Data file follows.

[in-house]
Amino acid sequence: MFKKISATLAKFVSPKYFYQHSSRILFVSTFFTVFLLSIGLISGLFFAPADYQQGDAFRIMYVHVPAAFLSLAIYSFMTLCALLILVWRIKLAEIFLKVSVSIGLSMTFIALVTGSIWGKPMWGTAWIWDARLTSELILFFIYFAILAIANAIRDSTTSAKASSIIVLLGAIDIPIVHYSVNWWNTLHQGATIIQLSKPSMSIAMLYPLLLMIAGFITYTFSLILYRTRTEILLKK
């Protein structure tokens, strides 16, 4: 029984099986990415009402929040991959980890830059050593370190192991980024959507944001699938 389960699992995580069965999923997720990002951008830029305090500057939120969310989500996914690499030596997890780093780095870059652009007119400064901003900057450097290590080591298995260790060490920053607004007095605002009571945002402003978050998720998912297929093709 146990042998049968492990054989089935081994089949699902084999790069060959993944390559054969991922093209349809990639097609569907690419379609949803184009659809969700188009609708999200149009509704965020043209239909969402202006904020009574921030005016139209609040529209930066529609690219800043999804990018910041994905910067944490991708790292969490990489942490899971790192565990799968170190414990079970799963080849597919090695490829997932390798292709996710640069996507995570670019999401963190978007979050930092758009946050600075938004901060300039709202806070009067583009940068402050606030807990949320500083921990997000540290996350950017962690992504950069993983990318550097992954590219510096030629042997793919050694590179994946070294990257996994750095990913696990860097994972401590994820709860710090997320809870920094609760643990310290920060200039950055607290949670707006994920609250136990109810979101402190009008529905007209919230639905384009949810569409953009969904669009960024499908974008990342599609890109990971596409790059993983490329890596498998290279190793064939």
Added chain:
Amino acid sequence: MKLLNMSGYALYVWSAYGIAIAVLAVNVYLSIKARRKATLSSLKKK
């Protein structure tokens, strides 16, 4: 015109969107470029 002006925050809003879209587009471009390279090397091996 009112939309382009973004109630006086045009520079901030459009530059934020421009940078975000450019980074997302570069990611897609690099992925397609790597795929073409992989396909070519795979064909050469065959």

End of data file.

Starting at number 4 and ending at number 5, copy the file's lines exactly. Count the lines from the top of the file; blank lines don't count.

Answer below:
Added chain:
Amino acid sequence: MKLLNMSGYALYVWSAYGIAIAVLAVNVYLSIKARRKATLSSLKKK